Adorno in Naples
Adorno in Neapel

martin mittelmeier adorno in neapel
July 2013 / 304pp

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Adorno in Naples is a highly original book which brings to life a short phase in European intellectual history when the romantic landscape of the Bay of Naples in southern Italy became a magnet for writers, poets and philosophers. Martin Mittelmeier’s thoughtful blend of travel-writing and philosophy coincides with a revival of interest in the Frankfurt School and its leading light, Theodor Adorno. 

Southern Italy was traditionally the end point of the Grand Tour undertaken by the European aristocracy and literati during the eighteenth and early nineteenth centuries. At the beginning of the twentieth century figures such as Bertolt Brecht, Maxim Gorky and Theodor Adorno flocked to Capri and Sorrento. This meeting of minds in the South, which has a British parallel in the Bloomsbury circle’s enthusiasm for the Sorrentine peninsula, has never been explored or written about before. Like all tourists, these intellectuals were looking for undiscovered, special places. But, of course, as soon as such places become talked about they begin to lose their appeal. Mittelmeier maintains that the topic of tourism is the starting point for Adorno’s subsequent development of his Critical Theory. 

The young Adorno is a musician who is studying composition in Vienna. At first he follows the tourist trail unwillingly, accompanied by aspiring political journalist Siegfried Kracauer. But soon he is enchanted by the landscape, both for its southern gentleness and its wild, untamable qualities. Mittelmeier recounts how Adorno’s daily diary entries at this time lay the foundations for his mature philosophical thinking. His thoughts are inspired both by the natural world and by his discussions with fellow intellectuals and are full of fascinating observations and unique formulations. Concepts such as ‘porosity’, which here refers to a geological characteristic of the ubiquitous pumice rock, come to inform the social analysis in Adorno’s later work, where he describes how the bourgeoisie aims to fill all creative spaces in the porous fabric of society in order to cement their power. Mittelmeier argues convincingly that this phase in Adorno’s life, unencumbered by academic constraints and regulations, reanimates his later philosophy, which has often been considered difficult and hermetic.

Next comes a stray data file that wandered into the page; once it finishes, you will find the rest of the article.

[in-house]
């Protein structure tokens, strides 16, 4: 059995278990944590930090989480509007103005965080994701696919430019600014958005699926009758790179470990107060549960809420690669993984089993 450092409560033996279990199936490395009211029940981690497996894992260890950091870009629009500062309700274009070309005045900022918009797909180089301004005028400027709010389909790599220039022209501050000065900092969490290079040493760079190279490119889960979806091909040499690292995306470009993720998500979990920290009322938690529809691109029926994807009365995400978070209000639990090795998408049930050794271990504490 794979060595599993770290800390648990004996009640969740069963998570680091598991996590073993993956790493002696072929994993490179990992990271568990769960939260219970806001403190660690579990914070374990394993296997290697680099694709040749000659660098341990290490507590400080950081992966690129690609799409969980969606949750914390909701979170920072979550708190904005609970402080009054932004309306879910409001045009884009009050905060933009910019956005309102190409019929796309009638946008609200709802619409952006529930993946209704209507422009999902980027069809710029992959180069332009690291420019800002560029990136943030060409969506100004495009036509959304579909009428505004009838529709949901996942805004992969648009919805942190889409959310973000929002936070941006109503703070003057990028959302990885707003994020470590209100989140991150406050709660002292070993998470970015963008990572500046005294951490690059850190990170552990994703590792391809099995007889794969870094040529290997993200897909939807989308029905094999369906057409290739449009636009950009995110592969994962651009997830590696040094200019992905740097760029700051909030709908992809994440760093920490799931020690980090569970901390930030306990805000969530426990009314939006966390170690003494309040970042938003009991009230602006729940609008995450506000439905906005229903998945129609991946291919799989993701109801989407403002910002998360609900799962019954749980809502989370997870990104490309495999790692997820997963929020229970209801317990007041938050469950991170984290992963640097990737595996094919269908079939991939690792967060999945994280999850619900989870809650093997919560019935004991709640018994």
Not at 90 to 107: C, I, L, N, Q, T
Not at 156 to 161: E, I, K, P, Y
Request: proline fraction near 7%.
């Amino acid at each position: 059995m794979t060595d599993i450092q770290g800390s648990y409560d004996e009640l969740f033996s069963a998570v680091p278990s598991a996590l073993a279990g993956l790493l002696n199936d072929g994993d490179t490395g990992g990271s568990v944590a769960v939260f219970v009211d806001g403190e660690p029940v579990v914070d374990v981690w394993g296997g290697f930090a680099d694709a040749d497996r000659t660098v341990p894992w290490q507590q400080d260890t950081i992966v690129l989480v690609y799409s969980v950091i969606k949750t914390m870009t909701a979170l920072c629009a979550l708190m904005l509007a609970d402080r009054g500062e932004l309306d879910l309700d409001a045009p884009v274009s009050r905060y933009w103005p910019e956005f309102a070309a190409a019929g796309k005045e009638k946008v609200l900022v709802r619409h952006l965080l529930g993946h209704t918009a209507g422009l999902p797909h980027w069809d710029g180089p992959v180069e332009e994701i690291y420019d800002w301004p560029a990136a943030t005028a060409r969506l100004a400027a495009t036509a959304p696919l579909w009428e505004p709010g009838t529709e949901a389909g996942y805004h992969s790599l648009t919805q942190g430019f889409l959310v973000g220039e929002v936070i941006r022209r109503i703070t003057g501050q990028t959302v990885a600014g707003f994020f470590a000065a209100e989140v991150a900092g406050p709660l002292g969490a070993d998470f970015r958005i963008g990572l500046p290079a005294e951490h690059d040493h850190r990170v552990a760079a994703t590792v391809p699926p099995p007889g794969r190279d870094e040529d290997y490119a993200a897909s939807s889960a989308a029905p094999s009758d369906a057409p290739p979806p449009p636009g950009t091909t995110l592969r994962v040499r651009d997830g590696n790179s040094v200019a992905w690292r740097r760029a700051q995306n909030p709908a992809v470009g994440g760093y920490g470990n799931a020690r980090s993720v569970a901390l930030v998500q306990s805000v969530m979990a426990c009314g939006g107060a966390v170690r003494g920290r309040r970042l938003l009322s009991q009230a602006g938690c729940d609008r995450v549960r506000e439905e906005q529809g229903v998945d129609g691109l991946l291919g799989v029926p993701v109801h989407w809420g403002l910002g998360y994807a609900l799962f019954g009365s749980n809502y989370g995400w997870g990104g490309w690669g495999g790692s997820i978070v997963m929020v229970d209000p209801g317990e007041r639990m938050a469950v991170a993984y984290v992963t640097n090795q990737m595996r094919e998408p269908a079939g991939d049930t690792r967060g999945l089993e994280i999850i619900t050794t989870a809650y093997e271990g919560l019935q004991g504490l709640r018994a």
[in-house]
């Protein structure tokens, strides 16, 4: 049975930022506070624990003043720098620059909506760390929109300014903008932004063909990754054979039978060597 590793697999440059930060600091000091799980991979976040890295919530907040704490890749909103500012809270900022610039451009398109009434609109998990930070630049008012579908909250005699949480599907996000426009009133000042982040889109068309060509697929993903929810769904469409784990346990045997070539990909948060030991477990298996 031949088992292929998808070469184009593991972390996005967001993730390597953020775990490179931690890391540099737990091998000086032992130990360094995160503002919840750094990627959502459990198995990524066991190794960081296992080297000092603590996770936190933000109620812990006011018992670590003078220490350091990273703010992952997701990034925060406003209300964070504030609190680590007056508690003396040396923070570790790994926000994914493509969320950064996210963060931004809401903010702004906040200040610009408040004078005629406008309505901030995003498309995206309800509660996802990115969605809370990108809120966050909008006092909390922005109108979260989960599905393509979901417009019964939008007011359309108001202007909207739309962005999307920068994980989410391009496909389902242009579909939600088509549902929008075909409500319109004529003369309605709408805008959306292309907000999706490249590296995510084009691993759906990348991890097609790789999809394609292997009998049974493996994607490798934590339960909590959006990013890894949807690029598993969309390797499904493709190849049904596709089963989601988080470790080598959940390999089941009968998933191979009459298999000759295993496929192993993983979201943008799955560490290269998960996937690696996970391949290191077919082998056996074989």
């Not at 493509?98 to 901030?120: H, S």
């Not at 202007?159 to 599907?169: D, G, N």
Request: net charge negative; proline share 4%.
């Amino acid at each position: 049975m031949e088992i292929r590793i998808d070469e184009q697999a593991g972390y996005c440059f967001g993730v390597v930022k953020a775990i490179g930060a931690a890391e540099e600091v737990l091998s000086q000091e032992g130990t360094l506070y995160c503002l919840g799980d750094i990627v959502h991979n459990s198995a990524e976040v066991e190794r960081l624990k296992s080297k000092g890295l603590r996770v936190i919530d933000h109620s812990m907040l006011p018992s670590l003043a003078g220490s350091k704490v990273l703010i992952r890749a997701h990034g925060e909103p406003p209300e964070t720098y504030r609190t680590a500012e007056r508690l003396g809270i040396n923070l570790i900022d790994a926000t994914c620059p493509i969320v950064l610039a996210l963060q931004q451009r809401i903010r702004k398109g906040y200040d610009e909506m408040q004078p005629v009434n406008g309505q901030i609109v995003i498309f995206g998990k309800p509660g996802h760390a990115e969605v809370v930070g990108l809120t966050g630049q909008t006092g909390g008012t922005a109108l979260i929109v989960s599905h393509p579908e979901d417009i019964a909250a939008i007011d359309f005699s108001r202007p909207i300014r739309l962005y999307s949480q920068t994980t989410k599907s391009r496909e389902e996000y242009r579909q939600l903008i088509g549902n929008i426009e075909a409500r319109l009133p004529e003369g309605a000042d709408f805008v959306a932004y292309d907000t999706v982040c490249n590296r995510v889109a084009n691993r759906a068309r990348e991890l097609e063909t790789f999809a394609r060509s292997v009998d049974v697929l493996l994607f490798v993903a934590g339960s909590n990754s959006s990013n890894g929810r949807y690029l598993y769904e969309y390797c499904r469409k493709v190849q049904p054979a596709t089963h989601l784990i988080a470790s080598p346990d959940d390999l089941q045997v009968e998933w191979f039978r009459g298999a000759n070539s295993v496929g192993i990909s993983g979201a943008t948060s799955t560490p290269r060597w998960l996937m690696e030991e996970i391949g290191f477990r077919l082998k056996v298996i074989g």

Adorno in Naples furthers our understanding of the European intelligentsia during the early twentieth century, and is an invitation to rediscover Adorno.

about the author

Martin Mittelmeier was born in 1971 and is seen as one of the most prominent publishing editors for contemporary literature in Germany. After eleven years at Luchterhand Verlag, he has been head of fiction at Eichborn Verlag in Cologne since 2012. The PhD comparatist has published several works on philology and philosophy.

Previous works include:
Ungeschriebene Werke (2006)

rights information

Verlagsgruppe Random House GmbH
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Siedler Verlag (founded in 1980) is one of the most prestigious publishers for nonfiction books on political, historical, social, cultural and scientific topics in German-speaking countries. In addition to historical works and books on current events, the list includes biographies and autobiographies of well-known personalities from history, politics, and culture. Siedler has an international reputation as a forum for readers interested in politics and history. Authors published by Siedler include Anne Applebaum, José Carreras, Antonio Damasio, Joachim Gauck, Martin Geck, Robert Gerwarth, Daniel Goldhagen, Mikhail Gorbachev, Stephen Greenblatt, Brian Greene, Robert Kagan, Daniel Kahneman, Eric Kandel, Peter Longerich, Geert Mak, Wynton Marsalis, Christian Meier, Joseph Nye, Olivier Roy, Jeffrey D. Sachs, Simon Schama, Helmut Schmidt, Tom Segev, and Joseph Stiglitz.

translation assistance

Applications should be made to the Goethe-Institut.

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